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“Muppet Christ Superstar”–The Inevitable Mashup Of The Muppets And Jesus Christ Superstar

Jesus Christ Superstar is the quintessential ’70s musical, and The Muppets are great in any genre–but this is just weird.

“Muppet Christ Superstar”–The Inevitable Mashup Of The Muppets And Jesus Christ Superstar

The Muppets have proven to be as resilient a concept as there is in Hollywood: You can put them in sincere adventures about the power of friendship, you can wink at the audience by getting them to sing Flight Of The Conchords-style songs drenched in irony, you can cast them as characters from Dickens or Robert Louis Stevenson–it doesn’t really matter. Muppets + anything = cheese + tomato sauce.

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That’s something that’s been stretched to the limits by musician Christo Graham, who decided to blend his love of Jesus Christ Superstar with his ability to convincingly mimic most Muppet voices in a mash-up project called, naturally, Muppet Christ Superstar. The work casts Kermit (naturally) as Jesus, Miss Piggy as Mary Magdelene, and–perhaps in a controversial move–Gonzo as Judas.

The result is fascinating, and kind of disconcerting–more like cheese and Chinese food–but Graham wisely limits the number of songs he picks to cover Muppet-style, in order to avoid burning out the fascination that his project inspires. (Though we wouldn’t have minded hearing the cranky guys in the balcony run through “This Jesus Must Die.”)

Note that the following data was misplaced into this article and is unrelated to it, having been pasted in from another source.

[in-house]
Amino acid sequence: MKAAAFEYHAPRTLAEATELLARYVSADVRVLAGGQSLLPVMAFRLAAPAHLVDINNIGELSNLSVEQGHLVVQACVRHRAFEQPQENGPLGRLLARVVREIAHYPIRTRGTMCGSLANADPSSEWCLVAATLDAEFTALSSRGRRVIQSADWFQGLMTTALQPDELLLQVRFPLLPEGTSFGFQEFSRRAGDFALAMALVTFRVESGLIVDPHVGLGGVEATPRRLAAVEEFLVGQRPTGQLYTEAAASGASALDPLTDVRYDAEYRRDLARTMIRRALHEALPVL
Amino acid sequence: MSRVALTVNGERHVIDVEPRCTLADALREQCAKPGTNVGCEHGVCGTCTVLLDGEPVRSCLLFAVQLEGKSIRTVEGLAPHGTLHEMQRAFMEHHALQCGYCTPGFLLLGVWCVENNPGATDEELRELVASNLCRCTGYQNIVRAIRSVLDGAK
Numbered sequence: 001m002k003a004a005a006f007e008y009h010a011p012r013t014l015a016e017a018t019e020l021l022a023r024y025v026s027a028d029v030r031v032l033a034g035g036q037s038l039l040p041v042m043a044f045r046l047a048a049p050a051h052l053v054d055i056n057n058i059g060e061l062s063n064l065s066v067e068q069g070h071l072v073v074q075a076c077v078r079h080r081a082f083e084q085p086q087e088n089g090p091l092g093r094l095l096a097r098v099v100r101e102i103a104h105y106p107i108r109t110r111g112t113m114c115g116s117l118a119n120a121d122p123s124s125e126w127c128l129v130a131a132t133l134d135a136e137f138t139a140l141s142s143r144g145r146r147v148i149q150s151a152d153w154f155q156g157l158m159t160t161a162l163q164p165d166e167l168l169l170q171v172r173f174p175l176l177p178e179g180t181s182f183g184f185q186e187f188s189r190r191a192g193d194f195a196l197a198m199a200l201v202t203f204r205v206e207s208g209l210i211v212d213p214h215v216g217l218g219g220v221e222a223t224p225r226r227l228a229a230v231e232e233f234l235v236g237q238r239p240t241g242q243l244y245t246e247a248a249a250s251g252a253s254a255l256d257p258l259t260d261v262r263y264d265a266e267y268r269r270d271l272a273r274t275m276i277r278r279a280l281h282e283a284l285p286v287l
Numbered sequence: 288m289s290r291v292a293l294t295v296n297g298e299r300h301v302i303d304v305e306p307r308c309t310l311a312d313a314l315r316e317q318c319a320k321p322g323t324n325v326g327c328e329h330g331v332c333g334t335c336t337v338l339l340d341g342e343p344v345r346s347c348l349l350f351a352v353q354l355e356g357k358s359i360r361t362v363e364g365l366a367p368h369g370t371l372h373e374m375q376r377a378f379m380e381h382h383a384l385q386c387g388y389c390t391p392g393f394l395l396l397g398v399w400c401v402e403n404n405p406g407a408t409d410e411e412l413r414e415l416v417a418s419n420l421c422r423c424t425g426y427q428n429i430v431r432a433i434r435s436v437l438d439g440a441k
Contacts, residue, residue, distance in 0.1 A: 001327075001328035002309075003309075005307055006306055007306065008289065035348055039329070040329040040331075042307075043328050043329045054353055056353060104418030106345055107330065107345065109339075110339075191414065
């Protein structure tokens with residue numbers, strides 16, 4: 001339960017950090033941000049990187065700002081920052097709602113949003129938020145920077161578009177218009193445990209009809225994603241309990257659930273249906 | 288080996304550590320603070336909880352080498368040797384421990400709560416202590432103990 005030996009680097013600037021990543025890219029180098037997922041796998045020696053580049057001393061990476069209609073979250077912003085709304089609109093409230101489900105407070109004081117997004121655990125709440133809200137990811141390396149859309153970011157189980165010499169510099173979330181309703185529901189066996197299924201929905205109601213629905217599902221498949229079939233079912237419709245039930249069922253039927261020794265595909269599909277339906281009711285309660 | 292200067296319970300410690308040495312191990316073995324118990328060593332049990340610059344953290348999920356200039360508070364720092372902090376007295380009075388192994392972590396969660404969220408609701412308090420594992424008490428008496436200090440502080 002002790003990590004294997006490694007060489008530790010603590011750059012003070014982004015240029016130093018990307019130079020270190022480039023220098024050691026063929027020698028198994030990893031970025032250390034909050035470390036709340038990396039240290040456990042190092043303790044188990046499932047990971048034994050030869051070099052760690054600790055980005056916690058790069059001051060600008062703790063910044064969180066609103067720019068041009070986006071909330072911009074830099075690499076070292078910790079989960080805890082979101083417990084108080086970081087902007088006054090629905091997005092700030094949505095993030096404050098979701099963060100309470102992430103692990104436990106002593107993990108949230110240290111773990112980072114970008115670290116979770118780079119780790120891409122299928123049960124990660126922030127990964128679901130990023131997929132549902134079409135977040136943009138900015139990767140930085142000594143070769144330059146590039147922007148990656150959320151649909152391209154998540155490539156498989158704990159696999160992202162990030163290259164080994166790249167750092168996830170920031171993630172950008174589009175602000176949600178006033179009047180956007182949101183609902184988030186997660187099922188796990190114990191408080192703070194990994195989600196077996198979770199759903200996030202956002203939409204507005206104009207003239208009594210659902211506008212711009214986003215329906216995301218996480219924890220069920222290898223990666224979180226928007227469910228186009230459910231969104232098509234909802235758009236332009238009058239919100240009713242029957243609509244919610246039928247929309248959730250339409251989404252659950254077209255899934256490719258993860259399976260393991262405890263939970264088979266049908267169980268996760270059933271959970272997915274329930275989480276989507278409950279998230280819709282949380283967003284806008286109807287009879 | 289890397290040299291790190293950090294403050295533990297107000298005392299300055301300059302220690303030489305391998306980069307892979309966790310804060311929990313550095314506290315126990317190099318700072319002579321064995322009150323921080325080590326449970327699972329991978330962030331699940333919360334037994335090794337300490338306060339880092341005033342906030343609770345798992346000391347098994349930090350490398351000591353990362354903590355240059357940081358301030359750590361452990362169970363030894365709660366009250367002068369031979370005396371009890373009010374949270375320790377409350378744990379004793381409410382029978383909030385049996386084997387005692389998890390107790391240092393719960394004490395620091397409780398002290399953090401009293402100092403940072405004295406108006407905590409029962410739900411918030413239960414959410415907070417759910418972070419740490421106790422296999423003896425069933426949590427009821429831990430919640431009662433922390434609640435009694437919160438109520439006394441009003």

Maybe it’s the fact that, even when the Muppets are knowingly winking at the audience–whether it’s alongside Steve Martin or Jermaine Clement–there’s an innocence to the characters that makes them eternally lovable. It’s hard to countenance those Muppets with the idea of Gonzo selling Kermit to the Pharisees for 30 pieces of silver and subsequently committing suicide, while Kermit is nailed to a cross.


Still, Graham’s voices are mostly very good–though his interpretation of “King Herod’s Song” makes clear why the Rowlf has mostly been retired since Jim Henson’s passing–and the tradition of the Muppets playing both themselves and other characters, as in Muppets Christmas Carol and Muppets Treasure Island, is a well-established one. At the very least, Muppet Christ Superstar tells us where to draw the line on this stuff.

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About the author

Dan Solomon lives in Austin with his wife and his dog. He's written about music for MTV and Spin, sports for Sports Illustrated, and pop culture for Vulture and the AV Club

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